Hurricane and Tropical Storm Tracker-Weather Underground

Weather Underground (, a weather forecasting website, has many different options for tracking weather systems around the world. The platform that stood out most to me was a global map that tracks hurricanes, tropical cyclones, and all active tropical storm advisories. This global map shows areas of low pressure and global sea surface temperatures. There is also satellite imagery and details of the specific storm activity in the North Atlantic, East Pacific, Western Pacific, Central Pacific, and Indian Ocean.

The most interesting part of Weather Underground is the archive that they have of past hurricanes and tropical storms. All previous storms year by year are listed and the maximum winds and minimum pressure are listed. For all previous storms you are also able to track them on a map of the ocean they occurred in.

Below is a picture of the active tropical storm advisories for Sunday, November 20th. We are able to see one low pressure area around South America.

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Personal Water Footprint Calculator: The Results May Surprise You

Have you ever wondered how much water you use? Even though the average American uses 100 gallons a day, the actual amount you use may vary greatly. National Geographic has created this interactive (and in my opinion, pretty entertaining) water footprint calculator. It can be found at:

This is a very thorough questionnaire. It start off by asking where your zip code, household size, year of your house, and what water using amenities you have in it such as sinks, toilets, showers. It even asks if any of them have been replaced recently to use less water. It then asks you about your usage habits of these and any other things you may have that use water such as a dishwasher.

It doesn’t just stop there. It asks you about your eating habits because it takes a lot of water to feed America whether it is to water livestock or plants. It then follows that with your energy usage, and finally, the things you buy (especially clothing and paper products). You’re able to see how your water consumption changes as you answer each question and you can see the average American usage statistic for each question.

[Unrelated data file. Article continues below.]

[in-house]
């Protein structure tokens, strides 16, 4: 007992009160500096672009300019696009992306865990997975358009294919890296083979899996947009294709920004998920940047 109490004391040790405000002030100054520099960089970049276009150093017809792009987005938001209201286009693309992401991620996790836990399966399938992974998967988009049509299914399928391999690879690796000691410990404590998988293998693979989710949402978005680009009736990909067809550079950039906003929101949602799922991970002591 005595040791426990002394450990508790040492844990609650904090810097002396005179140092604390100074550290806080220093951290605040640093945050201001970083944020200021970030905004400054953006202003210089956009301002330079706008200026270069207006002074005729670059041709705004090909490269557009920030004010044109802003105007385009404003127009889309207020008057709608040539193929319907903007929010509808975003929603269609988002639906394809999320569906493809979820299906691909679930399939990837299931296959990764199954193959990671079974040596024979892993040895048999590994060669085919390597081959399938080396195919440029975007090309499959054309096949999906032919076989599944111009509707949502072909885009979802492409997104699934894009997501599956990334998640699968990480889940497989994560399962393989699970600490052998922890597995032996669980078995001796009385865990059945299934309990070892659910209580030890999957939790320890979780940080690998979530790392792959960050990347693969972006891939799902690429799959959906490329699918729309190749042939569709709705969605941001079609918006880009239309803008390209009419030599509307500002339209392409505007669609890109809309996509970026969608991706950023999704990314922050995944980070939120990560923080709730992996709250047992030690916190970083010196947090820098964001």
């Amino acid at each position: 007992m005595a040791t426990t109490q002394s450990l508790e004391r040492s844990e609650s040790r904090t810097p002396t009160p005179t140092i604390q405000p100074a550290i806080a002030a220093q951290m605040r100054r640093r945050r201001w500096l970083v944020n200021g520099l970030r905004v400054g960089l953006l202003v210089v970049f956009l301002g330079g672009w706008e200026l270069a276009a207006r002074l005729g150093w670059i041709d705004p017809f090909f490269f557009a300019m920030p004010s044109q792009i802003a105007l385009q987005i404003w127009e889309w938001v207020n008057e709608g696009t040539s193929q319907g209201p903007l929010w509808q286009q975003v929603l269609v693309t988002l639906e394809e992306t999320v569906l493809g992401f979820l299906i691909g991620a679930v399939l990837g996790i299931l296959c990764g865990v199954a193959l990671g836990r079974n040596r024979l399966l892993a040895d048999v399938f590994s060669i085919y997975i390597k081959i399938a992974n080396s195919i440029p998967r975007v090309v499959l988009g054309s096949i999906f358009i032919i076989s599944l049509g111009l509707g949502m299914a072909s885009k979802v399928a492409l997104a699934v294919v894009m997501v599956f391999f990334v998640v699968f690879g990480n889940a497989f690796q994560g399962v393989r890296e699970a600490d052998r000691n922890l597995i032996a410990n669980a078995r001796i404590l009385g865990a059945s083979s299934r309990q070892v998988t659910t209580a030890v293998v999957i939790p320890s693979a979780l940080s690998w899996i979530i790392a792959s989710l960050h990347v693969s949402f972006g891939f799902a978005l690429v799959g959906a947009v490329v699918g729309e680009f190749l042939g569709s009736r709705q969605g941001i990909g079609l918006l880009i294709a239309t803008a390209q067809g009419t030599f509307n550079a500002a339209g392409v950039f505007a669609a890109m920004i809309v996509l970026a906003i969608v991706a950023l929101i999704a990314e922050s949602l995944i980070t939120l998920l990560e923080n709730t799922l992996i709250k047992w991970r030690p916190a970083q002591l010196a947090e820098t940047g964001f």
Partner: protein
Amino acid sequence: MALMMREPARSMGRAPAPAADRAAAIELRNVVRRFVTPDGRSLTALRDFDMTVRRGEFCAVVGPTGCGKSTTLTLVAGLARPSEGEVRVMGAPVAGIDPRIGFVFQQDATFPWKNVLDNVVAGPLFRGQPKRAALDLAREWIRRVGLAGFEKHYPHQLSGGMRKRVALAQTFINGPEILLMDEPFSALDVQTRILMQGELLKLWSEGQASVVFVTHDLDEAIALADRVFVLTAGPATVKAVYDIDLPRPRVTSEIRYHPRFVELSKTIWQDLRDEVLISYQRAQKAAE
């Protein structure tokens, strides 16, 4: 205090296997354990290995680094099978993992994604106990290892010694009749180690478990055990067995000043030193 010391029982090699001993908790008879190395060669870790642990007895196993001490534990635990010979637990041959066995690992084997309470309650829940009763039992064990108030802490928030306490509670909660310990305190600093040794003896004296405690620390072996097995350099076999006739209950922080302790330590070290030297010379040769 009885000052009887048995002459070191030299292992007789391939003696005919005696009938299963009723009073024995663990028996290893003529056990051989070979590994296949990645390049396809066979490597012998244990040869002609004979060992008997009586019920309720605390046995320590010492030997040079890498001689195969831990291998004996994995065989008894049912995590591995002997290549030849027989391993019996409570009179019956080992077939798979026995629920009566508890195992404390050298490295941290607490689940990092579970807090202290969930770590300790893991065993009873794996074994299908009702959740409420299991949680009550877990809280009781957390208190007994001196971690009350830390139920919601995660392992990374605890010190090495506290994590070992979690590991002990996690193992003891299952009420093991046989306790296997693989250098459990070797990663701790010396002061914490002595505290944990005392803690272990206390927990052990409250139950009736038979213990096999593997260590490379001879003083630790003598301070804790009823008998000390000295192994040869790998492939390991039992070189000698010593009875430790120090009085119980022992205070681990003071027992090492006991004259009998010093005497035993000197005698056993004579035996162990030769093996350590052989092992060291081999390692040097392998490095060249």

At the end, it’ll tell you your usage summary. For me, I use less water, on average, in my home in Charlottesville, my food consumption, and the things I buy. However, I can reduce transportation and energy usage. I urge all of you to try this: it takes 5 minutes and you may be shocked at how much water you’re actually using.

This directly relates to the hydrosphere and human water consumption. Because we only have 0.3% of freshwater available to us, we need to be smart about our usage. Additionally, our water resources vary based on the area we live in so there may be an abundance or shortage if people are using water without having an idea of how much.


This website (LiveScience) does not just deal with geography topics specifically, as it offers a broad range of news sources and studies relating to a variety of scientific fields. Many of these stories relate to physical geography.  The website offers a variety of news stories, videos, and images concerning topics like health, space, and animals. The main tabs that I focused on covered “Planet Earth” and “Space.” The stories found on the “Planet Earth” included a large range of topics that we have discussed in class, such as the effects of global warming, access to freshwater, and the state of coral species who are reacting to warmer waters. The “Space” tab provided information such as the effects asteroids could have on Earth and Earth-size planets that could support life. All of these news stories are easy to read and include links to further scientific resources that could be used to learn more. Most stories are also accompanied by videos or photos to help illustrate the story.

LiveScience also shows the scientific topics of the day that are “trending,” such as global warming or military and spy technology. This site also offers links to other additional resources that relate to these scientific topics.

Overall, it is a helpful compilation of recent news stories that relate to a variety of scientific topics. They are fairly easy to read and can be understood by the general public. Based on our recent discussions in class, websites like these could be a helpful link to bridging the gap between the scientific community and the public on matters like global warming.

To visit the site:

Water Cycle Activities


The hydrosphere consists of the transformation and transportation of water throughout Earth’s spheres. This interactive site aims to challenge visitors on the stages of the water cycle. Then it explains the stages of the cycle which include evaporation, cloud formation, precipitation and water collection. All of these processes require the heat of the sun. This website would serve as a good studying tool for the hydrosphere.